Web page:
A9 Offers Google Serious Competition with OpenSearch Technology

a9 opensearch"We want OpenSearch to do for search what RSS has done for content."-A9.com

There is a whole lot of information on the Internet (and by Internet, I mean more than the Web), and Google can’t find it all. Amazon.com’s search engine A9 has decided to try and tackle this problem by allowing sites and databases that have their own search engines whose contents are not constantly indexed by Google to output their search results directly to A9.com. This includes organizations such as The New York Times, Wikipedia, Flickr, BlogDigger, Internet Movie Database (IMDB), Creative Commons, Mozilla, Microsoft Developers Network, Indeed.com (Job Search), PubMed (National Library of Medicine), NASA and even the CIA. The full and quickly expanding list can be seen here.

For those of you who are not familiar with A9, it uses Google's search results as a starting point. On top of that, there are several “columns” that you can add to your search results, so you can simultaneously see Google’s web page results (enhanced by Alexa's site info and Amazon.com's own database) in one column, and image search results in another. However, with the addition of this OpenSearch technology, you can add another column full of search results from sites such as Wikipedia to view alongside your other A9 results. A9 already allows you to search inside books that have previews on Amazon.com and of course A9’s amazing Yellow Pages Search that will actually show a street-side photo of the business you’ve looked up.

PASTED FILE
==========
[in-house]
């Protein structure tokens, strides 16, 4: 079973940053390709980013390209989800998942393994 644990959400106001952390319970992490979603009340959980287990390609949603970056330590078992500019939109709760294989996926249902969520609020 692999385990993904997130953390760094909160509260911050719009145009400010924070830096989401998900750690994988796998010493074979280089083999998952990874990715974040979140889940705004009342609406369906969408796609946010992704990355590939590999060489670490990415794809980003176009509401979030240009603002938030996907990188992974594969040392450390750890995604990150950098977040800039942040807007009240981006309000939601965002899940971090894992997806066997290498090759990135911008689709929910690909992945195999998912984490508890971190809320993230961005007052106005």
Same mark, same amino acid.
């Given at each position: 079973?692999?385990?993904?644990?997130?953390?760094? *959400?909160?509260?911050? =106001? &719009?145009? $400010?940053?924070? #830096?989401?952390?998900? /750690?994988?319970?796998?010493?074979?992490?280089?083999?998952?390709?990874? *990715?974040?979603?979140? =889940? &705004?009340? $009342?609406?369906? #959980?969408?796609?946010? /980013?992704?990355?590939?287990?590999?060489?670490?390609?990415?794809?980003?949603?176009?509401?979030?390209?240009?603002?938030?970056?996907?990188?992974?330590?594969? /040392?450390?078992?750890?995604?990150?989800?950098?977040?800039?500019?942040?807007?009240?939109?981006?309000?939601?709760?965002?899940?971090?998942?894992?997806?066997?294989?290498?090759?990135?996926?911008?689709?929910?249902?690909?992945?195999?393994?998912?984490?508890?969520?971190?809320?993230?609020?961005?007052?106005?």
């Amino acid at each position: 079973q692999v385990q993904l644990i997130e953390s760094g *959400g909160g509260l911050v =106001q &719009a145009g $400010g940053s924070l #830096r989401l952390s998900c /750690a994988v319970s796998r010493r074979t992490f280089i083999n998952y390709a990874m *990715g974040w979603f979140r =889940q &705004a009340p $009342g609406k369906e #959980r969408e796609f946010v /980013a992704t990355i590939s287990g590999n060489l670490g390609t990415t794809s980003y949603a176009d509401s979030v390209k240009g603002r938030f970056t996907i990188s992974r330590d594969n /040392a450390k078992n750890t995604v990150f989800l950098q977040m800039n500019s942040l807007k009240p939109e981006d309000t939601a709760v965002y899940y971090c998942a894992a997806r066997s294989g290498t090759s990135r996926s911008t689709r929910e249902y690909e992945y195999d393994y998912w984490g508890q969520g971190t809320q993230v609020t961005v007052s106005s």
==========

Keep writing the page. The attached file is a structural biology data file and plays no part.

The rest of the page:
In geek terms, OpenSearch is a vertical search aggregator based on an open XML standard, so any site that chooses have its search engine results listed in an A9 column (that each user can enable or disable) can take part in the program provided that the site authors are familiar with RSS. This was unveiled by this morning (March 15, 2005) by Amazon.com CEO Jeff Bezos during the 2005 O'Reilly Emerging Tech conference ((ETech) in San Diego.

I think Google needs to start worrying.

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